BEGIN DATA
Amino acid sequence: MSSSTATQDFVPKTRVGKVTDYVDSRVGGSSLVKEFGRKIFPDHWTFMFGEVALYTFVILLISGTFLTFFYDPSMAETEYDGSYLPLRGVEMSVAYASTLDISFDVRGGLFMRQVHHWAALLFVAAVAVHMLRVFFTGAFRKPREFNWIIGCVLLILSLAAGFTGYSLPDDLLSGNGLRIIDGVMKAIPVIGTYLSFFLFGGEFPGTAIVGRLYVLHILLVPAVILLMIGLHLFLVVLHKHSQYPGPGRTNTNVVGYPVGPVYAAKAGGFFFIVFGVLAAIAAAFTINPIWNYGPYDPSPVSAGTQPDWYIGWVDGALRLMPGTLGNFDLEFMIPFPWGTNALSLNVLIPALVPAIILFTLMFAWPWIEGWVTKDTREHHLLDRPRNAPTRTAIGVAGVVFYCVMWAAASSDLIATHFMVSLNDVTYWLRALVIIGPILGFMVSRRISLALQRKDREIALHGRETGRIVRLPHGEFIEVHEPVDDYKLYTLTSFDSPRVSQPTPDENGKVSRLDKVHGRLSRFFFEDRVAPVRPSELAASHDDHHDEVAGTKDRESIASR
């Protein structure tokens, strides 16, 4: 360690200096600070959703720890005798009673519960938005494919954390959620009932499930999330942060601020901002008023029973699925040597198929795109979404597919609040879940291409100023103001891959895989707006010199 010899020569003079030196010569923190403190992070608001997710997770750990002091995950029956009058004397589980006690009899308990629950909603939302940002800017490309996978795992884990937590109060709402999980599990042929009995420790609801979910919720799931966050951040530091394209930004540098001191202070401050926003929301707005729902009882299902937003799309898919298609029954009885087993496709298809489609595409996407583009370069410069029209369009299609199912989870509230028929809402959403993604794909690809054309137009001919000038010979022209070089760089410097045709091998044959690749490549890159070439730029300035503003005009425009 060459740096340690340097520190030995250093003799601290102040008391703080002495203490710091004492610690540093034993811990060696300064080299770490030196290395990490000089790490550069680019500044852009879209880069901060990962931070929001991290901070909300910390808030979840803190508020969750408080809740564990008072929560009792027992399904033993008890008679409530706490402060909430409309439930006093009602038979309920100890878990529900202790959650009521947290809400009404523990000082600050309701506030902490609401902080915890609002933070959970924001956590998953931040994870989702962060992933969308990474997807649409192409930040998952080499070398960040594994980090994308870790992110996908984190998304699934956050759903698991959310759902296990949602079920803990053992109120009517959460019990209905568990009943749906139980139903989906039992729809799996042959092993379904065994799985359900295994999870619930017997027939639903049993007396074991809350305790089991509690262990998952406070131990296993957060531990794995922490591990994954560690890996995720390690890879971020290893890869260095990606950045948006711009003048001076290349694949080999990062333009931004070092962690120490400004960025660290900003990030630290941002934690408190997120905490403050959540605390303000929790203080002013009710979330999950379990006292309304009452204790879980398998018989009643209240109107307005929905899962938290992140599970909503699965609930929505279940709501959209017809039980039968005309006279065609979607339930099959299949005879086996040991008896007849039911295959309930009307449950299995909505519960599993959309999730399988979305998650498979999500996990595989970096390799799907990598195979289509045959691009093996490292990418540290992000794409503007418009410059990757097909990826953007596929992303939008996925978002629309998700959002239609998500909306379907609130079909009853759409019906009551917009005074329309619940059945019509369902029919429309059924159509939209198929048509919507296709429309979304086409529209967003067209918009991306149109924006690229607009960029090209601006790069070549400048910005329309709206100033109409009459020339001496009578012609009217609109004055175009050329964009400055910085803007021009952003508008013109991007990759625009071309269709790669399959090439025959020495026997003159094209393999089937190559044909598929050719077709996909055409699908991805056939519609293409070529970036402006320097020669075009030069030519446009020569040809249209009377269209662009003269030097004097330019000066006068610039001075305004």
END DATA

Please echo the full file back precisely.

Amino acid sequence: MSSSTATQDFVPKTRVGKVTDYVDSRVGGSSLVKEFGRKIFPDHWTFMFGEVALYTFVILLISGTFLTFFYDPSMAETEYDGSYLPLRGVEMSVAYASTLDISFDVRGGLFMRQVHHWAALLFVAAVAVHMLRVFFTGAFRKPREFNWIIGCVLLILSLAAGFTGYSLPDDLLSGNGLRIIDGVMKAIPVIGTYLSFFLFGGEFPGTAIVGRLYVLHILLVPAVILLMIGLHLFLVVLHKHSQYPGPGRTNTNVVGYPVGPVYAAKAGGFFFIVFGVLAAIAAAFTINPIWNYGPYDPSPVSAGTQPDWYIGWVDGALRLMPGTLGNFDLEFMIPFPWGTNALSLNVLIPALVPAIILFTLMFAWPWIEGWVTKDTREHHLLDRPRNAPTRTAIGVAGVVFYCVMWAAASSDLIATHFMVSLNDVTYWLRALVIIGPILGFMVSRRISLALQRKDREIALHGRETGRIVRLPHGEFIEVHEPVDDYKLYTLTSFDSPRVSQPTPDENGKVSRLDKVHGRLSRFFFEDRVAPVRPSELAASHDDHHDEVAGTKDRESIASR
């Protein structure tokens, strides 16, 4: 360690200096600070959703720890005798009673519960938005494919954390959620009932499930999330942060601020901002008023029973699925040597198929795109979404597919609040879940291409100023103001891959895989707006010199 010899020569003079030196010569923190403190992070608001997710997770750990002091995950029956009058004397589980006690009899308990629950909603939302940002800017490309996978795992884990937590109060709402999980599990042929009995420790609801979910919720799931966050951040530091394209930004540098001191202070401050926003929301707005729902009882299902937003799309898919298609029954009885087993496709298809489609595409996407583009370069410069029209369009299609199912989870509230028929809402959403993604794909690809054309137009001919000038010979022209070089760089410097045709091998044959690749490549890159070439730029300035503003005009425009 060459740096340690340097520190030995250093003799601290102040008391703080002495203490710091004492610690540093034993811990060696300064080299770490030196290395990490000089790490550069680019500044852009879209880069901060990962931070929001991290901070909300910390808030979840803190508020969750408080809740564990008072929560009792027992399904033993008890008679409530706490402060909430409309439930006093009602038979309920100890878990529900202790959650009521947290809400009404523990000082600050309701506030902490609401902080915890609002933070959970924001956590998953931040994870989702962060992933969308990474997807649409192409930040998952080499070398960040594994980090994308870790992110996908984190998304699934956050759903698991959310759902296990949602079920803990053992109120009517959460019990209905568990009943749906139980139903989906039992729809799996042959092993379904065994799985359900295994999870619930017997027939639903049993007396074991809350305790089991509690262990998952406070131990296993957060531990794995922490591990994954560690890996995720390690890879971020290893890869260095990606950045948006711009003048001076290349694949080999990062333009931004070092962690120490400004960025660290900003990030630290941002934690408190997120905490403050959540605390303000929790203080002013009710979330999950379990006292309304009452204790879980398998018989009643209240109107307005929905899962938290992140599970909503699965609930929505279940709501959209017809039980039968005309006279065609979607339930099959299949005879086996040991008896007849039911295959309930009307449950299995909505519960599993959309999730399988979305998650498979999500996990595989970096390799799907990598195979289509045959691009093996490292990418540290992000794409503007418009410059990757097909990826953007596929992303939008996925978002629309998700959002239609998500909306379907609130079909009853759409019906009551917009005074329309619940059945019509369902029919429309059924159509939209198929048509919507296709429309979304086409529209967003067209918009991306149109924006690229607009960029090209601006790069070549400048910005329309709206100033109409009459020339001496009578012609009217609109004055175009050329964009400055910085803007021009952003508008013109991007990759625009071309269709790669399959090439025959020495026997003159094209393999089937190559044909598929050719077709996909055409699908991805056939519609293409070529970036402006320097020669075009030069030519446009020569040809249209009377269209662009003269030097004097330019000066006068610039001075305004």